• 3 days Oil Gains Spur Growth In Canada’s Oil Cities
  • 3 days China To Take 5% Of Rosneft’s Output In New Deal
  • 3 days UAE Oil Giant Seeks Partnership For Possible IPO
  • 3 days Planting Trees Could Cut Emissions As Much As Quitting Oil
  • 3 days VW Fails To Secure Critical Commodity For EVs
  • 4 days Enbridge Pipeline Expansion Finally Approved
  • 4 days Iraqi Forces Seize Control Of North Oil Co Fields In Kirkuk
  • 4 days OPEC Oil Deal Compliance Falls To 86%
  • 4 days U.S. Oil Production To Increase in November As Rig Count Falls
  • 4 days Gazprom Neft Unhappy With OPEC-Russia Production Cut Deal
  • 4 days Disputed Venezuelan Vote Could Lead To More Sanctions, Clashes
  • 4 days EU Urges U.S. Congress To Protect Iran Nuclear Deal
  • 5 days Oil Rig Explosion In Louisiana Leaves 7 Injured, 1 Still Missing
  • 5 days Aramco Says No Plans To Shelve IPO
Alt Text

Aggressive OPEC Pushes Oil Prices Up

Oil prices are once again…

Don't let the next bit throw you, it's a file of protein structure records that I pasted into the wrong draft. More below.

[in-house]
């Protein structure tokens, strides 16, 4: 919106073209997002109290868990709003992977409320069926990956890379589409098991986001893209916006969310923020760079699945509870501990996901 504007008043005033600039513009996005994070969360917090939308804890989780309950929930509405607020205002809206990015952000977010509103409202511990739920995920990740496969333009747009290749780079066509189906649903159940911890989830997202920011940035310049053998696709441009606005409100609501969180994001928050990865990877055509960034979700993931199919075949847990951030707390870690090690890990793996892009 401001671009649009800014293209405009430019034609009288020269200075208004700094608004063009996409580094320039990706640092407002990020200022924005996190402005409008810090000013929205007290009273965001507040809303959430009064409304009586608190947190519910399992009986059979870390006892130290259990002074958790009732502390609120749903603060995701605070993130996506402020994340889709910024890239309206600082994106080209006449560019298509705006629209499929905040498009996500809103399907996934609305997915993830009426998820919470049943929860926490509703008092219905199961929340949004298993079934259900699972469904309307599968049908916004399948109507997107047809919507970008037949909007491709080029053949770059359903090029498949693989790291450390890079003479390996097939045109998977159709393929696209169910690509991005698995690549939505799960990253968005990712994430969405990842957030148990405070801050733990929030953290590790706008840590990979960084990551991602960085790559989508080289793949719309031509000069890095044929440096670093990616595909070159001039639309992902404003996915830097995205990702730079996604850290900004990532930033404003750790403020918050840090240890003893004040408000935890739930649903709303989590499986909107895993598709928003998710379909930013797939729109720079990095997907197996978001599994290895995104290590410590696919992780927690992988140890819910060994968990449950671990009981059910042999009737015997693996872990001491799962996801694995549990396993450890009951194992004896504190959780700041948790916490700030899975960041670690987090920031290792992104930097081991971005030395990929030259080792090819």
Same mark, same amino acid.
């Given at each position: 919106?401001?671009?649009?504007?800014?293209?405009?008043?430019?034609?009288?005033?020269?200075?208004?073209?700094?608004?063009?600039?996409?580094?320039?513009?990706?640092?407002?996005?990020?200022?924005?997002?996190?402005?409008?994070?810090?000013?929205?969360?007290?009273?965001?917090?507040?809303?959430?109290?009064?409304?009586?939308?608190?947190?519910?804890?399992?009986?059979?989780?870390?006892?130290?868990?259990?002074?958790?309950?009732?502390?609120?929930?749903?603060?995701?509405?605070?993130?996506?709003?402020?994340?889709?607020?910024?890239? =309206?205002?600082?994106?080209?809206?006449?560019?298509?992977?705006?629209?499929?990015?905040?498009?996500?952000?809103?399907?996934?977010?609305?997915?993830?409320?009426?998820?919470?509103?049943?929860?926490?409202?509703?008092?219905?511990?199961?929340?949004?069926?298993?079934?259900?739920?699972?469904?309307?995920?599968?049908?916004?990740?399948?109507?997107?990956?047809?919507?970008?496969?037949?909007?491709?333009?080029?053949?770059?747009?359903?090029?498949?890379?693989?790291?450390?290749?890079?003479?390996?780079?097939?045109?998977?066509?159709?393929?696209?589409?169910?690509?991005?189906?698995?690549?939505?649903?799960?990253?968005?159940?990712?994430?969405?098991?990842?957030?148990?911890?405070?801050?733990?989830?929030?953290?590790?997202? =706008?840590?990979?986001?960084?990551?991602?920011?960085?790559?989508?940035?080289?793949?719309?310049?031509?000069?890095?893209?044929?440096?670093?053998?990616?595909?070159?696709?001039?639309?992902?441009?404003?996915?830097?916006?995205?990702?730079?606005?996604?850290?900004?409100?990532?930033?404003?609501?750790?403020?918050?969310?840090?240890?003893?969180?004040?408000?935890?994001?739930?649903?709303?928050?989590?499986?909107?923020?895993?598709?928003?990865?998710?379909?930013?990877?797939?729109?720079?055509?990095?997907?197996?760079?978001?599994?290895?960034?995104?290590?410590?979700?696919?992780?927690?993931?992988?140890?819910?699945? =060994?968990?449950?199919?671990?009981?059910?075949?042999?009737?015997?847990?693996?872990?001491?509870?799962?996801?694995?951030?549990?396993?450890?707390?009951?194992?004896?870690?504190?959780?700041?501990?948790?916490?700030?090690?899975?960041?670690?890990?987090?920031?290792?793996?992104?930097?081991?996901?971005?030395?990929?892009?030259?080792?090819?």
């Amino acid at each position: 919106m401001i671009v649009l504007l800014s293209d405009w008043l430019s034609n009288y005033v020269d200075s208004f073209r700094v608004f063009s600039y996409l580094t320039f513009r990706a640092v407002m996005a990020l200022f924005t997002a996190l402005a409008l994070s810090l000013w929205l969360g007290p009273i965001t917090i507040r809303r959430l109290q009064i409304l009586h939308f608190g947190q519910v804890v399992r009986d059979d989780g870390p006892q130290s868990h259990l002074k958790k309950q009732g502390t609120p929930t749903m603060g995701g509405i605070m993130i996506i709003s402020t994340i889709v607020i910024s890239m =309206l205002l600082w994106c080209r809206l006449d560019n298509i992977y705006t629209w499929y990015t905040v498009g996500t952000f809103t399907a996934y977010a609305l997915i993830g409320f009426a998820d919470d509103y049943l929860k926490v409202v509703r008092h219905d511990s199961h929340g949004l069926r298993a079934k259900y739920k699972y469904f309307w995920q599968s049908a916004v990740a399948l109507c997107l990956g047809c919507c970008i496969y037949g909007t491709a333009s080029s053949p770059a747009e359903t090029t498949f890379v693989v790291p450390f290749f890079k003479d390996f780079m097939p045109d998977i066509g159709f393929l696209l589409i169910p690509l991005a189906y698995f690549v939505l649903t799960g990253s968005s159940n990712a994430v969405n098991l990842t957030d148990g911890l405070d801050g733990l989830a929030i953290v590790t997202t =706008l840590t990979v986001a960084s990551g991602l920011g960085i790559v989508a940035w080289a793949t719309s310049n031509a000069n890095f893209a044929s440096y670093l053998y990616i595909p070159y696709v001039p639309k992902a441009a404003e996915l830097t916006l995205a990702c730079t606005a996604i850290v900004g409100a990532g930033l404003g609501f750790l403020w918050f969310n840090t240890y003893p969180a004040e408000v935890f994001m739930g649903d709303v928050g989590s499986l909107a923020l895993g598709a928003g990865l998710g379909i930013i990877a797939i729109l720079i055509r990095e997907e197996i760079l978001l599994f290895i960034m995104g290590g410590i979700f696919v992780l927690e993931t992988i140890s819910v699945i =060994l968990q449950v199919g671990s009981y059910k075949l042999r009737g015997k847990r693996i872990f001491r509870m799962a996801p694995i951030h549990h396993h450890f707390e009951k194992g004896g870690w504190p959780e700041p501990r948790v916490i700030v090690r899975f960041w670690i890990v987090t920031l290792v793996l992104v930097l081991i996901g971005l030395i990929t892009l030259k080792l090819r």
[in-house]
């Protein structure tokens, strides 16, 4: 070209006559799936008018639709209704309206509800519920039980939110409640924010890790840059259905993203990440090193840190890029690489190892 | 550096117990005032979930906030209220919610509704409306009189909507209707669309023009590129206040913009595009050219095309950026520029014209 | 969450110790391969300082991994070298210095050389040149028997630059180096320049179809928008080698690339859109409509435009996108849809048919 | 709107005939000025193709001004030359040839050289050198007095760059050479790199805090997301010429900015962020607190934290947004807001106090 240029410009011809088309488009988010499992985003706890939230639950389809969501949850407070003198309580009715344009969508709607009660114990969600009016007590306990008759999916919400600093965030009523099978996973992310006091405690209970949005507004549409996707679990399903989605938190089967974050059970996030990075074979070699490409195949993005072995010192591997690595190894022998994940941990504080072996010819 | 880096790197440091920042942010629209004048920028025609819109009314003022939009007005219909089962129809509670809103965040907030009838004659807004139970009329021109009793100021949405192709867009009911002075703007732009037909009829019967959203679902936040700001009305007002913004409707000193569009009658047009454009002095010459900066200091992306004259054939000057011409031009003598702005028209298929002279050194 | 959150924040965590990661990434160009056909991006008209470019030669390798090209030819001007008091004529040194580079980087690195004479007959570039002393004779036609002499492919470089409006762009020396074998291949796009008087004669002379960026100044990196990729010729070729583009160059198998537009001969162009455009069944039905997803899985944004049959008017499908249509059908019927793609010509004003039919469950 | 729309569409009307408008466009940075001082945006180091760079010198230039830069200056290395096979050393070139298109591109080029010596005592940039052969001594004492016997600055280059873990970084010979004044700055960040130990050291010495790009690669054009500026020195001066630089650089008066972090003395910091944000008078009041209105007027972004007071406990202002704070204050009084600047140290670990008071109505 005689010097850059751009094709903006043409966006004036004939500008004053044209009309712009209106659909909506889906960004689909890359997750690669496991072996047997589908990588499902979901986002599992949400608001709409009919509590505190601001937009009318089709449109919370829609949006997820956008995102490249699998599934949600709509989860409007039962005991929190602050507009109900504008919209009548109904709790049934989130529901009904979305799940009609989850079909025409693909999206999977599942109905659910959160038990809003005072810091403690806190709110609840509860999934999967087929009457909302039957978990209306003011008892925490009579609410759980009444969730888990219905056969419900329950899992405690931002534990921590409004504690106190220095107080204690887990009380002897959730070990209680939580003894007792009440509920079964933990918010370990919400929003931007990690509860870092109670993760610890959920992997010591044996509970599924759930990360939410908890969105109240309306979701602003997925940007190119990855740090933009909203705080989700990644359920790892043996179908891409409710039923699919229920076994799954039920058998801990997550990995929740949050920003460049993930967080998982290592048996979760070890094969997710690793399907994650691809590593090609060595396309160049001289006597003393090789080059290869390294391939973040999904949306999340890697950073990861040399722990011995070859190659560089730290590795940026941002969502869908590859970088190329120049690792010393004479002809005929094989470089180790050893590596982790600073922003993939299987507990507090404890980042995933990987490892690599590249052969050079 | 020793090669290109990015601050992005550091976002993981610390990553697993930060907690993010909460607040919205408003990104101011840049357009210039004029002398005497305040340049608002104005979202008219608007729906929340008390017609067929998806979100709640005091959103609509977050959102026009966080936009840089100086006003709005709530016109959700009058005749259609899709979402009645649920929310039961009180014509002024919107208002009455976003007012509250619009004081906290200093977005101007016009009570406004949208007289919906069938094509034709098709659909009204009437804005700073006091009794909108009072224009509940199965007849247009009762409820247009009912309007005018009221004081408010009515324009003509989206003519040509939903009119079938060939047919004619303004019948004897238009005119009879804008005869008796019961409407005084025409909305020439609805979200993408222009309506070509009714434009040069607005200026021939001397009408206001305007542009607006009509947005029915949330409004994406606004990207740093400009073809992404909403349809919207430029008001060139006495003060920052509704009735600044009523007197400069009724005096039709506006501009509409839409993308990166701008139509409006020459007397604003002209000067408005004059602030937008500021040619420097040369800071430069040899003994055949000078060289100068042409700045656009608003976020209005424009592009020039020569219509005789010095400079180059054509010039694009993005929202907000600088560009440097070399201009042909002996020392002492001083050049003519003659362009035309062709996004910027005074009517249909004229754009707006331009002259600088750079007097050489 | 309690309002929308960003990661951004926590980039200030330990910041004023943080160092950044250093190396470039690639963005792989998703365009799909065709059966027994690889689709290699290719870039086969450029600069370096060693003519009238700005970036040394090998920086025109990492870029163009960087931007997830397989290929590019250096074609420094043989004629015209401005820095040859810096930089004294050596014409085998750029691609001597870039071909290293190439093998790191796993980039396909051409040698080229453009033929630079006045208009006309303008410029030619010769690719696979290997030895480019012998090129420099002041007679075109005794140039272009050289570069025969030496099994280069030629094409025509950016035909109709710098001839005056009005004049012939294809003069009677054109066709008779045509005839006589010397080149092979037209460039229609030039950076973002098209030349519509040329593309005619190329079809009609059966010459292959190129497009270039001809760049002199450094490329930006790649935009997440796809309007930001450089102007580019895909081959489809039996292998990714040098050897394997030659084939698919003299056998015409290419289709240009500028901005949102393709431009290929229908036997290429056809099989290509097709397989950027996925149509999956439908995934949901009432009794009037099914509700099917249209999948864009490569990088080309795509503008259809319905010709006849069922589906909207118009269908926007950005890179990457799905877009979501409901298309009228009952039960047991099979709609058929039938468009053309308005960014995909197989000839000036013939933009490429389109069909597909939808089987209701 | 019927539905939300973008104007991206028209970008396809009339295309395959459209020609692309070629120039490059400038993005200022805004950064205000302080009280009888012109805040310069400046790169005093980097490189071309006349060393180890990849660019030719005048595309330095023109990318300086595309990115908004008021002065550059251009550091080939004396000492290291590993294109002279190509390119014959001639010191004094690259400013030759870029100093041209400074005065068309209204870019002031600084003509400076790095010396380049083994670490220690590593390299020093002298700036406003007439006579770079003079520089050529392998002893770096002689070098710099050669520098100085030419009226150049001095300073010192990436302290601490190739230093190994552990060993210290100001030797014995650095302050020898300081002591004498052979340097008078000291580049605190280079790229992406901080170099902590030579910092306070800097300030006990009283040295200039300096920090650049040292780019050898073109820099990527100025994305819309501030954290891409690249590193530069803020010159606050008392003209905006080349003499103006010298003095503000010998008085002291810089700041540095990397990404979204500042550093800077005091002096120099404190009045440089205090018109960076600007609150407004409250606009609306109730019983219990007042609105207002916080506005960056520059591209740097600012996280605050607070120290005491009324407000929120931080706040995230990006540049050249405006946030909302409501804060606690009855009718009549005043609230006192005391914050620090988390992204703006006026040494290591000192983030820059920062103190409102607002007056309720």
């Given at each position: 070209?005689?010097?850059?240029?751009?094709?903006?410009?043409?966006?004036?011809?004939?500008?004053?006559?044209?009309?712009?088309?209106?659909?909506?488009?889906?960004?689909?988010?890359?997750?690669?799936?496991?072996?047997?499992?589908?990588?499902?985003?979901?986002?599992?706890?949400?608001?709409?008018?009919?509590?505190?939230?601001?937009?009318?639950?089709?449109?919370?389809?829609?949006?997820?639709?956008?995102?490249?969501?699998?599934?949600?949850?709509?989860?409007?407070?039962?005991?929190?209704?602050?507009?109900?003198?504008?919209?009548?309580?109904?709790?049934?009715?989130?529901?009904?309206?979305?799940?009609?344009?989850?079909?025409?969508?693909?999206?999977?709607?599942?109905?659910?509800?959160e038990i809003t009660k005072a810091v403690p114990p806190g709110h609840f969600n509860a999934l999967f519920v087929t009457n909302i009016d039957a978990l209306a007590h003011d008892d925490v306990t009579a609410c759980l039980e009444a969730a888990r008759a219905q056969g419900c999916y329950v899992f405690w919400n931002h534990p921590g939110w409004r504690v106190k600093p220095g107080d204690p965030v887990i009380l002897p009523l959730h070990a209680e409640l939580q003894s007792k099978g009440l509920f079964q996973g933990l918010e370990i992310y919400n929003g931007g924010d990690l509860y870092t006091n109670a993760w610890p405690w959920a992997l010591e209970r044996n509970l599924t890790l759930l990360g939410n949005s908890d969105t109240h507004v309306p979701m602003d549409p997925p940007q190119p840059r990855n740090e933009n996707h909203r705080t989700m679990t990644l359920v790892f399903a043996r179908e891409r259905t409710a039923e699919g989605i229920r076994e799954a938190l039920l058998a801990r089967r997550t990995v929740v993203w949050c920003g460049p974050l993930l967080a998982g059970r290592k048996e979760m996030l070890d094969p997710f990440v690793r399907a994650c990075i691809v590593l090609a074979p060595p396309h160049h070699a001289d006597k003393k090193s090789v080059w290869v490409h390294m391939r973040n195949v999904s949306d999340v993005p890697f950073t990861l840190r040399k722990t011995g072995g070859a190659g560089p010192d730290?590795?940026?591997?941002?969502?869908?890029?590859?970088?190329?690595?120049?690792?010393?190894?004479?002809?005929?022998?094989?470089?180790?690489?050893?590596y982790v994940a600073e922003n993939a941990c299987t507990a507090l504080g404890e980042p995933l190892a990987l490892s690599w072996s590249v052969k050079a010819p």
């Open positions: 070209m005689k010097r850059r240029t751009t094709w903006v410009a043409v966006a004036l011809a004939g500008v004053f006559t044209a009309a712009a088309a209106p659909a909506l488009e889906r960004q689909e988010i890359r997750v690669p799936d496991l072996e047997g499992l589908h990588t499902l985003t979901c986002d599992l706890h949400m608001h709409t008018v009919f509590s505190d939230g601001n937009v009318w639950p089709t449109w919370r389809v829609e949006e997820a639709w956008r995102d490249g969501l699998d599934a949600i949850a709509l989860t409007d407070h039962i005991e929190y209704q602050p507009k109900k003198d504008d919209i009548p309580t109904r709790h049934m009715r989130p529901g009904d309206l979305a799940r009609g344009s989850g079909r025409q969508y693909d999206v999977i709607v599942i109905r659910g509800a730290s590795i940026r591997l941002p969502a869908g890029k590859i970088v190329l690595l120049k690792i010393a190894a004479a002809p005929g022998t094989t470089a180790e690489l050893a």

Alt Text

The Next Big Digital Disruption In Energy

Blockchain technology is transforming the…

Alt Text

India’s Urban Explosion Boosts Oil Demand

As India sees incredible growth…

Oil & Gas 360

Oil & Gas 360

From our headquarters in Denver, Colorado, Oil & Gas 360® writes in-depth daily coverage of the North American and global oil and gas industry for…

More Info

Oil Futures: Who Is Trading What?

Oil

A presidential commission tracks the crude oil positions that are reported each week: this week producers and processors are short, while managed money is long oil

In its Weekly Commitment of Traders Report released every Friday, the United States Commodity Futures Trading Commission (CFTC) breaks down the number of outstanding short and long NYMEX futures and options contracts for light, sweet crude oil on the basis of four categories: PMPU, Swap Dealers, Managed Money, Other.